Canned Soups

It’s my opinion that the canned food part of your food plan should include a substantial selection of a variety of soups. They simultaneously address your meat and vegetable requirements, especially when you stock a variety of soups. I’d suggest some of each of: Split-pea soup, a couple substantially-bean-related soups, and several beef and chicken soups chosen to cover a variety of vegetables between them. Since this is for surviving SHTF and not weight loss, read the labels and pick the soups with the *most* calories, fat, carbs, and protein. I especially aim for high fiber as well, in order to help you to feel full in case you need to make your food supply last and are forced to cut back on consumption a bit. They even supply a little bit of purified water, although obviously not nearly enough in and of themselves. Rotate them not only on the shelves, but also if you ever do have to eat them during SHTF, to balance out your dietary intake.

Pasta

Everybody loves pasta. I use to stock up on Italian pasta because it is made with durum wheat(grano duro) flour and this gives a longer shelf life. Pasta can be mixed up with almost anything to get a wonderful meal.

Sugar

Sugar is another sweetener with no expiration. This includes all varieties — white, brown, and powdered. Be sure to store it in an airtight container to prevent moisture from dampening the sugar.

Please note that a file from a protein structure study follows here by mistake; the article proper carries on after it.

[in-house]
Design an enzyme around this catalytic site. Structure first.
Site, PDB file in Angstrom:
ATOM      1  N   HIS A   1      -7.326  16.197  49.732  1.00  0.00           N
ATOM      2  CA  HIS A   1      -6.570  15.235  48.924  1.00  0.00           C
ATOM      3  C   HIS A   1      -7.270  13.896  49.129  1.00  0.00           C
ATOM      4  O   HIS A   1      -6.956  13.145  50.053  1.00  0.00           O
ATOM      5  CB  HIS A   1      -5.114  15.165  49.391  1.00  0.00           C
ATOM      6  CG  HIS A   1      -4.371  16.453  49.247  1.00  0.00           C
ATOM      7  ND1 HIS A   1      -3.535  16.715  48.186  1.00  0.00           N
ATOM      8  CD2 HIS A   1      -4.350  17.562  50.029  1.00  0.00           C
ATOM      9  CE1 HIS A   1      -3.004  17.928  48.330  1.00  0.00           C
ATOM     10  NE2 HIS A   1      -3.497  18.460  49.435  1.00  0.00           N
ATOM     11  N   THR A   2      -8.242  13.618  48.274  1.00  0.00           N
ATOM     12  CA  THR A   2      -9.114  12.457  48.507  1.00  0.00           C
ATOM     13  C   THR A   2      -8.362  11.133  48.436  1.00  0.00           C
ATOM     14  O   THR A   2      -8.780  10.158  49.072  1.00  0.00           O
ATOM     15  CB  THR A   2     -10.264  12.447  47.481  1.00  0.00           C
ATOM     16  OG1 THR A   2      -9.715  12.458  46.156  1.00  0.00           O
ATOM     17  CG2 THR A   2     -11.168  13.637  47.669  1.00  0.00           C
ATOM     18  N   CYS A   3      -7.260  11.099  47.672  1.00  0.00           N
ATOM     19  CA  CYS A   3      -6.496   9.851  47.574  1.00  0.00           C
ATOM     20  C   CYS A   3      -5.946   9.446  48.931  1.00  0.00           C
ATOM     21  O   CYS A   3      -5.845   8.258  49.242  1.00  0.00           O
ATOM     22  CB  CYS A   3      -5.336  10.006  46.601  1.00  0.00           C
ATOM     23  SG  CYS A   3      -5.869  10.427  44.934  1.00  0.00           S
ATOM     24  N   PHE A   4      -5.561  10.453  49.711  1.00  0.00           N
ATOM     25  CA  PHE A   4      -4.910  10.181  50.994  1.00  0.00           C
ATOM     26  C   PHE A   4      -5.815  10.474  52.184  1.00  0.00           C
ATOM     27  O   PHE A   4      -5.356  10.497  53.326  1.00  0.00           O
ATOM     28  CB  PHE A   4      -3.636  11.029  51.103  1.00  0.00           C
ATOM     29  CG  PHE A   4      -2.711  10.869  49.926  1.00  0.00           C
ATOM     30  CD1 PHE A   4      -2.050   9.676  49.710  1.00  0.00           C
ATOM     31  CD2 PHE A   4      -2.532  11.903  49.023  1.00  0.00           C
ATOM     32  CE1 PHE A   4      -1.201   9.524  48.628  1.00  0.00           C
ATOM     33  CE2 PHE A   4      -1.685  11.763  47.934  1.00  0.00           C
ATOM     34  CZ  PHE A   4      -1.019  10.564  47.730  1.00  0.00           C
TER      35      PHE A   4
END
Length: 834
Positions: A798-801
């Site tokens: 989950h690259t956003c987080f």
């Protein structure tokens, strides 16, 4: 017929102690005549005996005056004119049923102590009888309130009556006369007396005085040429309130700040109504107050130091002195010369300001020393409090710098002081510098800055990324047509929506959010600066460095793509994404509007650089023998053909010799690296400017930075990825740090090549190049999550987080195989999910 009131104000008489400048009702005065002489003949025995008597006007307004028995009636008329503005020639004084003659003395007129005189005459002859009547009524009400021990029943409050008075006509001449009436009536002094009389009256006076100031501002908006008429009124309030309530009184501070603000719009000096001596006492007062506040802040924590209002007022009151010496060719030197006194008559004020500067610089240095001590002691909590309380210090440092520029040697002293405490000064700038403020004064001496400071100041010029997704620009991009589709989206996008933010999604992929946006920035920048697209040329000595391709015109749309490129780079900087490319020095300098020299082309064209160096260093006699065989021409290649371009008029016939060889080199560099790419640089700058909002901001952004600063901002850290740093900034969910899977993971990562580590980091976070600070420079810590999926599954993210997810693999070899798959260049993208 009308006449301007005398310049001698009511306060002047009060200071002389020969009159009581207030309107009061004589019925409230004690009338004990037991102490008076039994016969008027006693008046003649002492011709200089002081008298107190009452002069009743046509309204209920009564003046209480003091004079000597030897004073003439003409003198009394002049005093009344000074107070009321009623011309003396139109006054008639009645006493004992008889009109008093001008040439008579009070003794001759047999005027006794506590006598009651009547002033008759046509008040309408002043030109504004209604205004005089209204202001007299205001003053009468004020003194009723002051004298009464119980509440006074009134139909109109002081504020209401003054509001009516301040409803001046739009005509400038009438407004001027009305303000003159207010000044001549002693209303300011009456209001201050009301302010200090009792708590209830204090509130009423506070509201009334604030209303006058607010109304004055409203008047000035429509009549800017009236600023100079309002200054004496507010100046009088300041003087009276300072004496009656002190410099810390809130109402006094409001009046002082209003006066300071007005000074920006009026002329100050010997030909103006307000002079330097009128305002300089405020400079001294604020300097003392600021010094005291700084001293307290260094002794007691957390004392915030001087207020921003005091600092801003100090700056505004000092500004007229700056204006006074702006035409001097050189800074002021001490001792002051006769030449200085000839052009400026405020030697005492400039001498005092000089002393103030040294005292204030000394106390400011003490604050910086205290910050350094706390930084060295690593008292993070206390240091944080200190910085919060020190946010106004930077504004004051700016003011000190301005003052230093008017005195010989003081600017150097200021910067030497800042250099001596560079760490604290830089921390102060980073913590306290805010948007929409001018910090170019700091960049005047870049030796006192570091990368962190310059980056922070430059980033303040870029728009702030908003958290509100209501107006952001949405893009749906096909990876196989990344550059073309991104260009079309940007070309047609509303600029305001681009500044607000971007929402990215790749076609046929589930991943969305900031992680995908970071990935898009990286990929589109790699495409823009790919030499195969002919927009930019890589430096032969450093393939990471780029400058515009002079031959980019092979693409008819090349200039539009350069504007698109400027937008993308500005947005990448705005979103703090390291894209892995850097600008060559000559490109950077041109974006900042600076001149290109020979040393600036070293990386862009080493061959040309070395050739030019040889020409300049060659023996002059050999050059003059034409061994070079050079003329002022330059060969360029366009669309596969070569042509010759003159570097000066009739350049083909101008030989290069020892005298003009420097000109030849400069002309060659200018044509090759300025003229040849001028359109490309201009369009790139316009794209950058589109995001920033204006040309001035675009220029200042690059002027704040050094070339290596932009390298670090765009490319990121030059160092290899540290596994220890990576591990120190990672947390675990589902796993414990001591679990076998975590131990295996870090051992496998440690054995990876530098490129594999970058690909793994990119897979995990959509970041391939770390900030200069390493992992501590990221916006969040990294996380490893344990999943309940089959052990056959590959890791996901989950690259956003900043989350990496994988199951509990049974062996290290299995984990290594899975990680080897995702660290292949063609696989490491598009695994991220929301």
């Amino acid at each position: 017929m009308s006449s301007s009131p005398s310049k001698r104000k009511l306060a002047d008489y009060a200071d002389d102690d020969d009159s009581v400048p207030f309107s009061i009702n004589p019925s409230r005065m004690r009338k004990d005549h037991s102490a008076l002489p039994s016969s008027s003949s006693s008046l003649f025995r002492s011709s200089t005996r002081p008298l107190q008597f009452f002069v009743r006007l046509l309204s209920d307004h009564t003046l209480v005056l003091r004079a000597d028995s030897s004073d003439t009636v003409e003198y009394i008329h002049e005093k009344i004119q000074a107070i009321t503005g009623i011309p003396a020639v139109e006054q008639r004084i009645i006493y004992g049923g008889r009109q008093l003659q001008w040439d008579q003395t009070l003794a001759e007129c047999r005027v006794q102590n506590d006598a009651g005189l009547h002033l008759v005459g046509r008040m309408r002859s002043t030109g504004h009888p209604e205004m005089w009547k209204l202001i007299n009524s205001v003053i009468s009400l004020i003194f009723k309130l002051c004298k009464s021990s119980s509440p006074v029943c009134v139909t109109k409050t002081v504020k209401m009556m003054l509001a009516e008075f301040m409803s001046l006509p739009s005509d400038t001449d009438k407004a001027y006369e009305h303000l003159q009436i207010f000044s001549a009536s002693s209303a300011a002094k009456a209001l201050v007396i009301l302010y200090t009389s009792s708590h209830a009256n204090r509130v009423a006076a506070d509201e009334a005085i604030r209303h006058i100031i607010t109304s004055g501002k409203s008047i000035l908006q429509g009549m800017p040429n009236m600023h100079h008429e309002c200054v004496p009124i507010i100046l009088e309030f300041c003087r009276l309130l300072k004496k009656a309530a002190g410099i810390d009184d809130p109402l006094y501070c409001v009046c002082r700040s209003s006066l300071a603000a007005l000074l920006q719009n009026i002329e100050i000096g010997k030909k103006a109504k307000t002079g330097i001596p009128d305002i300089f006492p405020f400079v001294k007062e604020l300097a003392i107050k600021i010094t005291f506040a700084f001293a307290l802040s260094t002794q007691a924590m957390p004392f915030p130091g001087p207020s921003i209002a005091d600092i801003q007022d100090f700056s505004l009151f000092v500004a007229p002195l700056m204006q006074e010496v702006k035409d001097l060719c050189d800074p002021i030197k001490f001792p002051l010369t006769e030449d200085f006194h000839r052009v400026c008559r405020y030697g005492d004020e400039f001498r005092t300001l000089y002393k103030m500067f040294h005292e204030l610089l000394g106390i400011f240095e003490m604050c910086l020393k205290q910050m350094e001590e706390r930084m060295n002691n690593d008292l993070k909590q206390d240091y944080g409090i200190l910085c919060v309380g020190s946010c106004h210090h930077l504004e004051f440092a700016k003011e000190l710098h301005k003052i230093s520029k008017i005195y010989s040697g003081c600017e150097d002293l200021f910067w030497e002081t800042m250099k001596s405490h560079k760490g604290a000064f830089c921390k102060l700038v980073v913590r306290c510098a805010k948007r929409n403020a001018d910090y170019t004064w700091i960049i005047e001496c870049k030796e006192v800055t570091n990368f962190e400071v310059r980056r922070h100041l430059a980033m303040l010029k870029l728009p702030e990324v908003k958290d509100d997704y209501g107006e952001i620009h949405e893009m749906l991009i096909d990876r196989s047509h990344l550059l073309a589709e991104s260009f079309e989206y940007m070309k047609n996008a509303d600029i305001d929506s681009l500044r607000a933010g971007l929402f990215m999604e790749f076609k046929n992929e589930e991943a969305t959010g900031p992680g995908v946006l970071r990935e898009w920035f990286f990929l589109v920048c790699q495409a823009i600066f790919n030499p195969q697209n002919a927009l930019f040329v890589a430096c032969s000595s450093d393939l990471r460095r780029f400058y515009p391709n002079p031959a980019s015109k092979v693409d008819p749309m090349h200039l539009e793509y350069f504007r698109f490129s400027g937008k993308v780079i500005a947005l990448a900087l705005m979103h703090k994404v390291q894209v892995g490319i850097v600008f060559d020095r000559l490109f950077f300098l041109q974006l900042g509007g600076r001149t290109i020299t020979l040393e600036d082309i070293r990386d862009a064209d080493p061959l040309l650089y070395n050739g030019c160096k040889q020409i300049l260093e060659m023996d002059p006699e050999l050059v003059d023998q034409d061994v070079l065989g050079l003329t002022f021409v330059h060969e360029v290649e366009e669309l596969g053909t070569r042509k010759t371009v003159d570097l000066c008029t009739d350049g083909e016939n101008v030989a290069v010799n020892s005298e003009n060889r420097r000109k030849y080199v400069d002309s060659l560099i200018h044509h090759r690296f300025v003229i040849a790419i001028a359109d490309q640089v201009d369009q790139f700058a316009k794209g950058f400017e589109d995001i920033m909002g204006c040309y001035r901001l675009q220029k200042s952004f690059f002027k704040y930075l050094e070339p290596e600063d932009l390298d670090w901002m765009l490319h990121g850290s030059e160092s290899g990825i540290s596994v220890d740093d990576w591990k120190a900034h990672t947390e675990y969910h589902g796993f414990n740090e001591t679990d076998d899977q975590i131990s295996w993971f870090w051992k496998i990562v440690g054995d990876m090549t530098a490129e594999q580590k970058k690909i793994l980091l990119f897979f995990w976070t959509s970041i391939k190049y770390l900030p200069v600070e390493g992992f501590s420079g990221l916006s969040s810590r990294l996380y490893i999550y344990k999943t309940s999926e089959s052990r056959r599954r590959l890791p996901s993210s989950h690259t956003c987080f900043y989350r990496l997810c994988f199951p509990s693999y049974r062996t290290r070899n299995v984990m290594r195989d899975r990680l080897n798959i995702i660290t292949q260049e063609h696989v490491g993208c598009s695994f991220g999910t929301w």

Dried fruit

Dried fruit are not only good for their long shelf life but also for their nutritional qualities. They are a great source of potassium, fiber and make a great energy booster due to their content of sugar.

Powdered Milk

If you plan to have milk on your table after SHTF then you should stock up some powdered milk. While it’s not as refreshing as the fresh stuff when it comes to drinking, powdered milk is quite useful for cooking and baking.It can be rehydrated to put on cereal, made into pudding, and as an add- into almost any kind of soup to make it a cream soup. Store it in a sealed container in a cool, dark place, and it will have an indefinite shelf life.

Peanut Butter

Peanut butter can maintain its freshness for up to two years and is the best source of energy you can find due to its high content of protein and fat.(be sure you are not allergic to peanuts)

Honey